That this argument is growing in popularity does not help the cause for people who claim to be pro-"choice." Furthermore, the fact that there has been no widespread attempt by pro-choicers to disavow this argument and disown those who use it is perhaps more incriminating to the pro-choice cause. This pervasiveness shows just how many pro-choicers really are pro-abortion only. As I mentioned earlier, this line of reasoning can only lead to one place: a program of forced abortions. Given that the original defense of legalizing abortions in America (one which is still used today) is an appeal to a woman’s right to “privacy,” and to “have control over her own body,” it would seem a bit odd that this is the path down which a large part of the pro-“choice” abortion industry and its apologists are headed.
Thus, on the one side are the pro-lifers, who offer a variety of choices to pregnant women, from adoption to parenthood. These defenders of the innocent unborn receive as thanks the vitriol and hatred of the abortion industry, including, of course, charges that they are anti-choice and that they infringe upon women’s rights, most notably the rights to privacy. On the opposing side are the abortion-lobbyists, many of whom are self-styled pro-choicers who would prefer to offer women two choices: abortion by consent or by force; privacy, and choice, indeed.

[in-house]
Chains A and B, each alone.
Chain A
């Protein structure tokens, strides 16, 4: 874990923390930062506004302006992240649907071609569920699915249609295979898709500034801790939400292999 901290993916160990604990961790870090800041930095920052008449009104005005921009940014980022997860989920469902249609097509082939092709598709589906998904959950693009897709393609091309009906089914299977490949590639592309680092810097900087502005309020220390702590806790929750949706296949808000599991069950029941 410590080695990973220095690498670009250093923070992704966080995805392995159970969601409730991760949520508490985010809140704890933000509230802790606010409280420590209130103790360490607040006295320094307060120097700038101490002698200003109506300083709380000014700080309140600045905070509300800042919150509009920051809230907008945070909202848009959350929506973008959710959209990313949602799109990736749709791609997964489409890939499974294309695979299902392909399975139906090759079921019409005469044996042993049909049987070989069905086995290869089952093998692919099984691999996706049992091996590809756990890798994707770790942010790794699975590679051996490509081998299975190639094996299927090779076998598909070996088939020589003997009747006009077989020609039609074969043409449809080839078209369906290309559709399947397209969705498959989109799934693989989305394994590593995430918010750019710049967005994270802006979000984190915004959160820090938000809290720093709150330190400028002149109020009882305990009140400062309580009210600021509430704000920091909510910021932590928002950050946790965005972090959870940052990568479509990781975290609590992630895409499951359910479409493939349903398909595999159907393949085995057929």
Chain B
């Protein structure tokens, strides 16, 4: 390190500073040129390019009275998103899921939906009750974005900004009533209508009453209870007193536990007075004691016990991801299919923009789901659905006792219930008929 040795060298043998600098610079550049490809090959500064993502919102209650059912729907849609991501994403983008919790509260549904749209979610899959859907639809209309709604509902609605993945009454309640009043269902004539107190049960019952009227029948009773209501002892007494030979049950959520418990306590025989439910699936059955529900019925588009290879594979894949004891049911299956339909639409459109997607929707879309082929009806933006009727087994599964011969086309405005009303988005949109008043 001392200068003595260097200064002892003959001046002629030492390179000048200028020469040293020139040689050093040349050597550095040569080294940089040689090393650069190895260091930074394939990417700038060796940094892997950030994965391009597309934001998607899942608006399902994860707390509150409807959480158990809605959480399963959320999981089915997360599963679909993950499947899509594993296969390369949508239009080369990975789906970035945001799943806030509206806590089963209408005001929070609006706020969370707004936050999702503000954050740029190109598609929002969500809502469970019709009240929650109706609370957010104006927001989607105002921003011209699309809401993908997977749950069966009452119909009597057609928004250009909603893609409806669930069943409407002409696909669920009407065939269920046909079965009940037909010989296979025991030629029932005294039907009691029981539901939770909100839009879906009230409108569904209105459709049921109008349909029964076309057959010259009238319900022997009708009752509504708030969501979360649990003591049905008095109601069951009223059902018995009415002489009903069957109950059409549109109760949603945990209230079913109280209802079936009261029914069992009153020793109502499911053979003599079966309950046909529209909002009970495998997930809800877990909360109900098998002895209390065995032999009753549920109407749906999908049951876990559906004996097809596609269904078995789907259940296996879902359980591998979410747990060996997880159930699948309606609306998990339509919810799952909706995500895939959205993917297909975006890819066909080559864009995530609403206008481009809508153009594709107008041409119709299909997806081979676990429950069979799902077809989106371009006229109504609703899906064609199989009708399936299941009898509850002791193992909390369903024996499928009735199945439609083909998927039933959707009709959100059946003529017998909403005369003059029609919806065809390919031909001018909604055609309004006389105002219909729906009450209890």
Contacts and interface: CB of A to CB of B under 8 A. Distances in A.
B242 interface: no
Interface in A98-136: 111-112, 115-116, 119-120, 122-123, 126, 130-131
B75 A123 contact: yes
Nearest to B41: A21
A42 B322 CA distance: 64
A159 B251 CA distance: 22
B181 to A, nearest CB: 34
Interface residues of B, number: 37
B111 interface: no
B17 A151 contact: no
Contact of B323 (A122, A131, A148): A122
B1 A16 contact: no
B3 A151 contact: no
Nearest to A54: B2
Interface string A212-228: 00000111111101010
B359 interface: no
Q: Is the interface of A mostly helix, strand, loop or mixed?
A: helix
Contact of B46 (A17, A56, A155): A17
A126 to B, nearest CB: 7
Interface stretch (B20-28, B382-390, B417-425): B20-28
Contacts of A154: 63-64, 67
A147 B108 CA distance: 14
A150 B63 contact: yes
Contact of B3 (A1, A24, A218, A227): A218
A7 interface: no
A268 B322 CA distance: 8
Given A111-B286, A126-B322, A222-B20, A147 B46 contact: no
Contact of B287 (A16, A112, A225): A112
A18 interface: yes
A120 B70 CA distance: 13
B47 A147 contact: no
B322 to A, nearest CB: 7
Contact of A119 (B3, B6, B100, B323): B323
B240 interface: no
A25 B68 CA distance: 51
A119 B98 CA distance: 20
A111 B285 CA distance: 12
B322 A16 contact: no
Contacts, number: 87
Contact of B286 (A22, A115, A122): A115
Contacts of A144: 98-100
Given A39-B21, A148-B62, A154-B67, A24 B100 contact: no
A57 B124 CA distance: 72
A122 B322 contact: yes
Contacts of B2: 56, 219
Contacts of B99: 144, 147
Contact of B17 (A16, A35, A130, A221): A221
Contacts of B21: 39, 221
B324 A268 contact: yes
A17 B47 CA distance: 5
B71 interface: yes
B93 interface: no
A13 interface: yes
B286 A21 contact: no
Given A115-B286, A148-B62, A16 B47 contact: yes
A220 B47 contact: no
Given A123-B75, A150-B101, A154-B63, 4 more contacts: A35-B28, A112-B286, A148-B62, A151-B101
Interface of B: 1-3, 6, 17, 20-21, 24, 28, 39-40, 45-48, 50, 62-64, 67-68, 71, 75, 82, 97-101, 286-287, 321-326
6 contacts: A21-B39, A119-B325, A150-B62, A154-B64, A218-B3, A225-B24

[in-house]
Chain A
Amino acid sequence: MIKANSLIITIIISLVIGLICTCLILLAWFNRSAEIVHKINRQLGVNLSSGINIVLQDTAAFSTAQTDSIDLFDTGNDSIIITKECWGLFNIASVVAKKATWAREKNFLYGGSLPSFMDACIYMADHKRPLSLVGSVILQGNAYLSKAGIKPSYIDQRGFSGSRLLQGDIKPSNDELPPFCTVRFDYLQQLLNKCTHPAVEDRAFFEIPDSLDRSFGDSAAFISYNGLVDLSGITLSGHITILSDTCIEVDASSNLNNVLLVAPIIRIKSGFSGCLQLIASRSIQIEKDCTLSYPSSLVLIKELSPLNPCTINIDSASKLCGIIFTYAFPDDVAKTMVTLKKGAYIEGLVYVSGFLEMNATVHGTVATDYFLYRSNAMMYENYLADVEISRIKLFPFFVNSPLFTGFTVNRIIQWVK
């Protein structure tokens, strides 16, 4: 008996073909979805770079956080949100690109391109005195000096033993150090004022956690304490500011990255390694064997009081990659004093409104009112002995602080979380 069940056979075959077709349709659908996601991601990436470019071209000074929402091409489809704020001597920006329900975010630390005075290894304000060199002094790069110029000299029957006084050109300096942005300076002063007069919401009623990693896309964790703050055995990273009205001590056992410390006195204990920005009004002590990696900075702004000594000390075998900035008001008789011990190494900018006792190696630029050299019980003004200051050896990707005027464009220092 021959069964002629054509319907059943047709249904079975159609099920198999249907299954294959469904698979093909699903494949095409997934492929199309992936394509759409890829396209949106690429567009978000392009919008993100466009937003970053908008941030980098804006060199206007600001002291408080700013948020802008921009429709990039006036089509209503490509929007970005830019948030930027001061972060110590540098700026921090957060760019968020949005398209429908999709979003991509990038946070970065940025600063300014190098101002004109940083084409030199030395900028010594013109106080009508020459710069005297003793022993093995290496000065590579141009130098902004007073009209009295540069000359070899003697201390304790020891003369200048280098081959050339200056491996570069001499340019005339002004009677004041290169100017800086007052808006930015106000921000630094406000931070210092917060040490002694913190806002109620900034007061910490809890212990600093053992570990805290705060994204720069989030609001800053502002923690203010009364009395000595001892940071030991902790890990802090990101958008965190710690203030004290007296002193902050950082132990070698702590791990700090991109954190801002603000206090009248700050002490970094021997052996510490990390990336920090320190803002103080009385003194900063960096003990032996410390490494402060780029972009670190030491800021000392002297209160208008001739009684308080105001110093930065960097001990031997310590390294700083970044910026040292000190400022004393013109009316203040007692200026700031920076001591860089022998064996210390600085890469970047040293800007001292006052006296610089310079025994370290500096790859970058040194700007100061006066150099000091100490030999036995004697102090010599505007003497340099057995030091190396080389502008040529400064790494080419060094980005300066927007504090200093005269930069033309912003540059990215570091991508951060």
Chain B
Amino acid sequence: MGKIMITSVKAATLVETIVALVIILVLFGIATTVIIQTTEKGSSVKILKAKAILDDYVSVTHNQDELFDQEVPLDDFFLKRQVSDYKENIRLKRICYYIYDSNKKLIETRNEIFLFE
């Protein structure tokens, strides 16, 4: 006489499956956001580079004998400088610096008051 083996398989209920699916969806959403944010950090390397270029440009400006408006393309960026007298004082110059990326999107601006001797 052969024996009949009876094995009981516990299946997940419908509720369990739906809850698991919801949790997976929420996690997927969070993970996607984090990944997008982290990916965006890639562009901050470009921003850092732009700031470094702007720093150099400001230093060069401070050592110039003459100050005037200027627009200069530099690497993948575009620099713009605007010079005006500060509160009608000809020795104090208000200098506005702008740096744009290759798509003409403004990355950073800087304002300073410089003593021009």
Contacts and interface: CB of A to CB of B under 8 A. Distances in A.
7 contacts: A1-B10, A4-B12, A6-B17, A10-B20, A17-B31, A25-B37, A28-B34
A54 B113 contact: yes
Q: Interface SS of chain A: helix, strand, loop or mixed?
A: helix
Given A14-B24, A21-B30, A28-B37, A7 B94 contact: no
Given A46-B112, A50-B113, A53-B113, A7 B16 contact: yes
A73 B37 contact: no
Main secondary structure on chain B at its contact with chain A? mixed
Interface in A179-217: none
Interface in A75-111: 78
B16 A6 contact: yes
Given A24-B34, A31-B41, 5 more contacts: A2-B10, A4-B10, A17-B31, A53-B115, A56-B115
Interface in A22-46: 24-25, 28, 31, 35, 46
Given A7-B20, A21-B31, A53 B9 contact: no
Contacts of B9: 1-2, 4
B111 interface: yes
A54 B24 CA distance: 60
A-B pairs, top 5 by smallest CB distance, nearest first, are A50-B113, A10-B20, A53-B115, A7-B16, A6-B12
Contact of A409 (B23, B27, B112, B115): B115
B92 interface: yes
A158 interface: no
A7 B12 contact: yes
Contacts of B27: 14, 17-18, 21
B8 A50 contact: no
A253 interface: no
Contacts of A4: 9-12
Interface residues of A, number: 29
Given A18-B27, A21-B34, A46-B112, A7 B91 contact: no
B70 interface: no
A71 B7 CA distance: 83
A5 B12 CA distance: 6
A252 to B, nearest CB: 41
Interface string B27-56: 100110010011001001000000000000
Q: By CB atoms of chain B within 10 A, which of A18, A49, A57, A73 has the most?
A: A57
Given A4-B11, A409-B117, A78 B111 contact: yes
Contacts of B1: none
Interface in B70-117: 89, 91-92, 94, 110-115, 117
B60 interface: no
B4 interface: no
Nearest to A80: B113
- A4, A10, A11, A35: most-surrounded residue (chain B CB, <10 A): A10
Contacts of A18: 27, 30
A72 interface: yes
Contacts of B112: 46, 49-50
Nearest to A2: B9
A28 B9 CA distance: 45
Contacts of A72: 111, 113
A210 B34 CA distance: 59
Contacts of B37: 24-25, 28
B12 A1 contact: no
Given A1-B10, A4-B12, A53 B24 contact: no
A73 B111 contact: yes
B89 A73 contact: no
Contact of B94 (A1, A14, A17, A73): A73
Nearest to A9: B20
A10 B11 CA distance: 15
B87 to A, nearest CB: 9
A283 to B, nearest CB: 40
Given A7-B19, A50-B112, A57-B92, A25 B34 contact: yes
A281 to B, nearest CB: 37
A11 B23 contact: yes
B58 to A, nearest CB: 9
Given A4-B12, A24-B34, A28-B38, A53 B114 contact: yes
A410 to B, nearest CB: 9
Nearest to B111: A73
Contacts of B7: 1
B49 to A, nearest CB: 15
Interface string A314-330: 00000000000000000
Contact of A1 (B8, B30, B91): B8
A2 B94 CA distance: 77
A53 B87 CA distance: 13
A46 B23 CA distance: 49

To anyone who knows anything about the historical roots of the so-called pro-choice lobby, this should come as no surprise. Margaret Sanger, a founder of Planned Parenthood (the nation's largest abortion provider), would certainly approve of this direction. She once stated that "The most merciful thing that a family does to one of its infant members is to kill it ;" she also proposed that "No woman shall have the legal right to bear a child… without a permit for parenthood," and "The undeniably feeble-minded should, indeed, not only be discouraged but prevented from propagating their kind ." So much for choice.
 Oddly enough, in my experience this argument is most often used by men, though women are increasingly beginning to use it. This would also seem to lend some credit to the idea that too many "pro-choicers," particularly men, are arguing for economic reasons, and not for women's rights.
 Margaret Sanger (editor). The Woman Rebel, Volume I, Number 1. Reprinted in Woman and the New Race. New York: Brentanos Publishers, 1922.
 Margaret Sanger, quoted in Charles Valenza. "Was Margaret Sanger a Racist?" Family Planning Perspectives, January-February 1985, page 44.
If you found this post helpful, some related posts may be found here:
The Shame of Silence: Men and Abortion
Abortion and So-Called "Lebensunwertes Lebes" (Catholic America Today)
Speaking Up, If Painfully
Social Services and Blood Money
Righteous Fear of the Lord and the Pro-Life Movement
How to Lose the Culture War